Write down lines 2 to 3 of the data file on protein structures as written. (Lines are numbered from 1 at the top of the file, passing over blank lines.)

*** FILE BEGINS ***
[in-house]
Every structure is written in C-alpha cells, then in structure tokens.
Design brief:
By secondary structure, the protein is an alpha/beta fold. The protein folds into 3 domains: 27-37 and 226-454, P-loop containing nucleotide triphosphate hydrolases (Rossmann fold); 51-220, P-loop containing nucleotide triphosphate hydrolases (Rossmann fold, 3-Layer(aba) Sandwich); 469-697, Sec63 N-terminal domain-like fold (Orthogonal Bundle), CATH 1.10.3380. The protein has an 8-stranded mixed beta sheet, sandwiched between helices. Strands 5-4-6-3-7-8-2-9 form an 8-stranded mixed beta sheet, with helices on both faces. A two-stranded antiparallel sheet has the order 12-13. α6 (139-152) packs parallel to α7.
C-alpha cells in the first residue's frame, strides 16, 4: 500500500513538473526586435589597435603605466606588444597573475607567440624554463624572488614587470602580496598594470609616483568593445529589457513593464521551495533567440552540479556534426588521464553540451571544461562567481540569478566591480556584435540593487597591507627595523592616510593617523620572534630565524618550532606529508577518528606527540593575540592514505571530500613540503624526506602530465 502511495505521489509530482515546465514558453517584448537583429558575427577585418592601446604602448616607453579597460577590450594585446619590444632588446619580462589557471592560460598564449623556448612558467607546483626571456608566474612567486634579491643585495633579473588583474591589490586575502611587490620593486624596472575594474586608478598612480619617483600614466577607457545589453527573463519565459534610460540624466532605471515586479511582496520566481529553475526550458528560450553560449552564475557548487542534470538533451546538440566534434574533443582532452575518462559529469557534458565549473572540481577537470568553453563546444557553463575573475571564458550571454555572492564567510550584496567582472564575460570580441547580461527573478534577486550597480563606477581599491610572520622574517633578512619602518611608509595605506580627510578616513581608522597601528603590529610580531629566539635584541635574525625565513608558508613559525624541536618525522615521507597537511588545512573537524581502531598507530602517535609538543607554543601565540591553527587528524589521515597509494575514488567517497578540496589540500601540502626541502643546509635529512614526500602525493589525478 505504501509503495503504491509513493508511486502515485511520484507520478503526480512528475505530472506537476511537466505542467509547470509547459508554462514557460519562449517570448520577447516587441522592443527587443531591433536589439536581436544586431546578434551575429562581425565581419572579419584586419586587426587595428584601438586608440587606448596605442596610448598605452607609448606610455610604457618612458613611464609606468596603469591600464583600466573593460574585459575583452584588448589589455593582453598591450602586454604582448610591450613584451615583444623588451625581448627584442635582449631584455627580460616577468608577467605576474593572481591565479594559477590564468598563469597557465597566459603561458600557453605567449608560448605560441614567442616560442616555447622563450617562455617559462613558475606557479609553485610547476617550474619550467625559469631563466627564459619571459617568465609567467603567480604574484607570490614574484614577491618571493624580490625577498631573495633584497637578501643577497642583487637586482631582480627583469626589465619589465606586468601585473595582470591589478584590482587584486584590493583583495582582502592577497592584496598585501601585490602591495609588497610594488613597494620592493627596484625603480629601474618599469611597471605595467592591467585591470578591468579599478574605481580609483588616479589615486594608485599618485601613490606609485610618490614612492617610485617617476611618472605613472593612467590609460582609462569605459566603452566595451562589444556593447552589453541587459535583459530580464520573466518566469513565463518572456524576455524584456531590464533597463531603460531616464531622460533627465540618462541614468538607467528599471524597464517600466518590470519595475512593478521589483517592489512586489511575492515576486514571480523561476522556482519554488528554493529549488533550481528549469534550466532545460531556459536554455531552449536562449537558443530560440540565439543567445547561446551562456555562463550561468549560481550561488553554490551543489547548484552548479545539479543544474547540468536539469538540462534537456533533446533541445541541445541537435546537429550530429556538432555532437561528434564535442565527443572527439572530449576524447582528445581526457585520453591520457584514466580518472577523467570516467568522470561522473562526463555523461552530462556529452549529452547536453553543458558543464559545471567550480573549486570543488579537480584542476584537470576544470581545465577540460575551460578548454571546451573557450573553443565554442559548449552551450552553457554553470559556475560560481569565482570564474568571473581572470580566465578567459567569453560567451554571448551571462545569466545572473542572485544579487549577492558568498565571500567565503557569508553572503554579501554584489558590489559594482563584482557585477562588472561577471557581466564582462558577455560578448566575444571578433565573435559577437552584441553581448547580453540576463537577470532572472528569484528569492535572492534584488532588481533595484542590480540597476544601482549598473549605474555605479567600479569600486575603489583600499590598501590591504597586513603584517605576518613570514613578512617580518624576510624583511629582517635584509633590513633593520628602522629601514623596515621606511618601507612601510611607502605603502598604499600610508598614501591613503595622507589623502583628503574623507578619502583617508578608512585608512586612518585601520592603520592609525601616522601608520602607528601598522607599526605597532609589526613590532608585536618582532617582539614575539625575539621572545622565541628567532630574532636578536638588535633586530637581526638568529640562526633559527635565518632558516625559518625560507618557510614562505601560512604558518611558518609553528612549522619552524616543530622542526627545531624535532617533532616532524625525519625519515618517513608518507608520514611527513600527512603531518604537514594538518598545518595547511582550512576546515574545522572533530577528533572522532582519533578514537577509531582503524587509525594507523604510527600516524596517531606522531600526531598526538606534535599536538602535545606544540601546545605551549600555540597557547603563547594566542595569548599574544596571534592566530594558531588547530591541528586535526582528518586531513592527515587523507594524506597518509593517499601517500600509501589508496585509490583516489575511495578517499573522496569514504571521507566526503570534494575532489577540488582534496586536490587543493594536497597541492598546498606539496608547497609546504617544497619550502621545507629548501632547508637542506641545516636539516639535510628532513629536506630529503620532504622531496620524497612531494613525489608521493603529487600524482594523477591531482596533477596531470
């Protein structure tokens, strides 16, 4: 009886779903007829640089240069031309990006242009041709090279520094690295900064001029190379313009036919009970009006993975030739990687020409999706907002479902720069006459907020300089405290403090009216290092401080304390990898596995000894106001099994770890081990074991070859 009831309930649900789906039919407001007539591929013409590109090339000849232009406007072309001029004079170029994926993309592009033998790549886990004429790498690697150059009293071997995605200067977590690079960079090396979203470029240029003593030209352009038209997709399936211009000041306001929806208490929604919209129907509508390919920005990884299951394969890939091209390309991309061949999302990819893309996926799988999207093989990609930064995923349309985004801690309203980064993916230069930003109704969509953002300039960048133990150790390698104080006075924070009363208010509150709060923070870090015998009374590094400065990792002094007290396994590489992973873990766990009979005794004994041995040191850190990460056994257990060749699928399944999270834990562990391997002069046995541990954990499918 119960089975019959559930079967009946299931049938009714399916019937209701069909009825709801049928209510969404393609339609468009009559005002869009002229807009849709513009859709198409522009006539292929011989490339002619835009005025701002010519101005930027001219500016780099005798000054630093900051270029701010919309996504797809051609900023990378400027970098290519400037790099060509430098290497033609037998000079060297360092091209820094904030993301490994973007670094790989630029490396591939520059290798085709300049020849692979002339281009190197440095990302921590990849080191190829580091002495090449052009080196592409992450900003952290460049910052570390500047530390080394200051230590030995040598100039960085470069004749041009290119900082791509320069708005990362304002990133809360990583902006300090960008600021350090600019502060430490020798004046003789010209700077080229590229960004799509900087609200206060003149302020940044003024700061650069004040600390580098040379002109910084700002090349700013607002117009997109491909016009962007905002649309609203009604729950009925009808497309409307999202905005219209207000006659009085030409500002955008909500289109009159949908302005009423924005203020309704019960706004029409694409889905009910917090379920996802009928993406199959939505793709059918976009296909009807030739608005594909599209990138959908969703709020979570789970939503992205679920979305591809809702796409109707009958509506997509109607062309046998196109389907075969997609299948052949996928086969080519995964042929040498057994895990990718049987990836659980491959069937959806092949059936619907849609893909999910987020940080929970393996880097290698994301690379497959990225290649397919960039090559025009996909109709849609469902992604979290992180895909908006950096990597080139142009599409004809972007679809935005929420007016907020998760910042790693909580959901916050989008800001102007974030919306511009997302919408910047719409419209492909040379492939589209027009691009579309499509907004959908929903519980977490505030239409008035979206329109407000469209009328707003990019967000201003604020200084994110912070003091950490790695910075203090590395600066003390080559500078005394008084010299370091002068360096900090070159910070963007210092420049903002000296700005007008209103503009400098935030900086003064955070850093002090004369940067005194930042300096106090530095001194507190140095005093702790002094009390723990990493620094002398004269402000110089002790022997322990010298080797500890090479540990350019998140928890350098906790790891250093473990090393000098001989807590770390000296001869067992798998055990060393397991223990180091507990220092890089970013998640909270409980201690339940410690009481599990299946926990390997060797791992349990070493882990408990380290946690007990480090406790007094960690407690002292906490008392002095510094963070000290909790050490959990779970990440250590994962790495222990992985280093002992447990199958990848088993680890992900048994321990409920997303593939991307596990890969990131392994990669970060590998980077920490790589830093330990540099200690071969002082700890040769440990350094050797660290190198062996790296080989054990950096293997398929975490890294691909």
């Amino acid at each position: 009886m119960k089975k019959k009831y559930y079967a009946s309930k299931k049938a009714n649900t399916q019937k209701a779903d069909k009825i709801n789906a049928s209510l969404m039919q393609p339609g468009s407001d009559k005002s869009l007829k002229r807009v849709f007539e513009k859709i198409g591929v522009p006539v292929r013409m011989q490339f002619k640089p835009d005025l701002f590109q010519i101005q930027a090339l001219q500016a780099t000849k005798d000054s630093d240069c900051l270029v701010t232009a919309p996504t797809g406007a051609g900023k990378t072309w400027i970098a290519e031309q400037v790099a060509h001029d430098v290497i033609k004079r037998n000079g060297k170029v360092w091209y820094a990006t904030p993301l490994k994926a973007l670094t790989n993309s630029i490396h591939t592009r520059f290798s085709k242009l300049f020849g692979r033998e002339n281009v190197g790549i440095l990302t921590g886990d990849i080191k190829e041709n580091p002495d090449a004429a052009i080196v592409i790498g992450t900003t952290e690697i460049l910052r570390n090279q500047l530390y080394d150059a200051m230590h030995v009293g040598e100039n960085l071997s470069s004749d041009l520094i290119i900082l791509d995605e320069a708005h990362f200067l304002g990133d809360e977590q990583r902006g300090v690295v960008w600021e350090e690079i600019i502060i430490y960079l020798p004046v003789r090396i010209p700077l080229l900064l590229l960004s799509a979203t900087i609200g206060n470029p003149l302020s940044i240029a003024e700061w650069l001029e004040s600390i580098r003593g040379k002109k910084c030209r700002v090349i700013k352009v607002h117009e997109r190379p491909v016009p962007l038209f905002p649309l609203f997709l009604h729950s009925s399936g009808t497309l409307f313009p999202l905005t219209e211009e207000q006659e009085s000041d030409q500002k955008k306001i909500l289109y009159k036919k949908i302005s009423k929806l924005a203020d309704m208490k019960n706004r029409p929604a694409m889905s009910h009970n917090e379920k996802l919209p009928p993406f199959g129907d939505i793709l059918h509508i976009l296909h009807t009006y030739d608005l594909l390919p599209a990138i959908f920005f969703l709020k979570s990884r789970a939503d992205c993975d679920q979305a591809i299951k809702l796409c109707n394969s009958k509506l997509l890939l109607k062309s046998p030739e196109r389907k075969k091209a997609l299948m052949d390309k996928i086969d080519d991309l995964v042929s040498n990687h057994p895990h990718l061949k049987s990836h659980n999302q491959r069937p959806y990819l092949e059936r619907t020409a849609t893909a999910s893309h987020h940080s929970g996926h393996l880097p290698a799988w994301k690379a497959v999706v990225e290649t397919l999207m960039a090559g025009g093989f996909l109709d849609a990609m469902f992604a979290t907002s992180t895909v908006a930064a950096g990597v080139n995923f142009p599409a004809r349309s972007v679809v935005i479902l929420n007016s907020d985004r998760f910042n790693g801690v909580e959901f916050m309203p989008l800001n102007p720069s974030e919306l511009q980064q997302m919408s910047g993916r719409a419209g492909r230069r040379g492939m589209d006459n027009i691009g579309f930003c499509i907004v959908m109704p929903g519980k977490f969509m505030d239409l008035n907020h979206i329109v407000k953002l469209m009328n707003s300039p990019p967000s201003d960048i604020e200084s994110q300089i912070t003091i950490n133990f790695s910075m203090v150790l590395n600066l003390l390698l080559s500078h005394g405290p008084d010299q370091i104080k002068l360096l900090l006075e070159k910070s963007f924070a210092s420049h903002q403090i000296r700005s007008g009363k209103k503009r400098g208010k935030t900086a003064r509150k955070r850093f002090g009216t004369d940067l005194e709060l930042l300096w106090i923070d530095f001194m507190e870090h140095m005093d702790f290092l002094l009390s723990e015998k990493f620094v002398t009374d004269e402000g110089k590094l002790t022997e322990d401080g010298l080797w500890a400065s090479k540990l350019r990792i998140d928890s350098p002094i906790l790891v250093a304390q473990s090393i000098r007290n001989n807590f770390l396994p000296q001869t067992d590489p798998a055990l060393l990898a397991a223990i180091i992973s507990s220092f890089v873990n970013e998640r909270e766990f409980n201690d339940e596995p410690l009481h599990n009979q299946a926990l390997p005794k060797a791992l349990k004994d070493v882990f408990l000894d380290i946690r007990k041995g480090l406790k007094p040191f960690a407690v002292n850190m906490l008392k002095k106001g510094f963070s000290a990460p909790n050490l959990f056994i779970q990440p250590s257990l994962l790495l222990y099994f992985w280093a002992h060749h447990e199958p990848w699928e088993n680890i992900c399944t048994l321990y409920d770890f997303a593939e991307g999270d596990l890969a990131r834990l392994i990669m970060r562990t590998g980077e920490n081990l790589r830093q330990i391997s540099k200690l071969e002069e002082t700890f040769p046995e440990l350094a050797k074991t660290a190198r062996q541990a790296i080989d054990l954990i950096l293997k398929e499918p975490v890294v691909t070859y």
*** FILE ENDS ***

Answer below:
Every structure is written in C-alpha cells, then in structure tokens.
Design brief: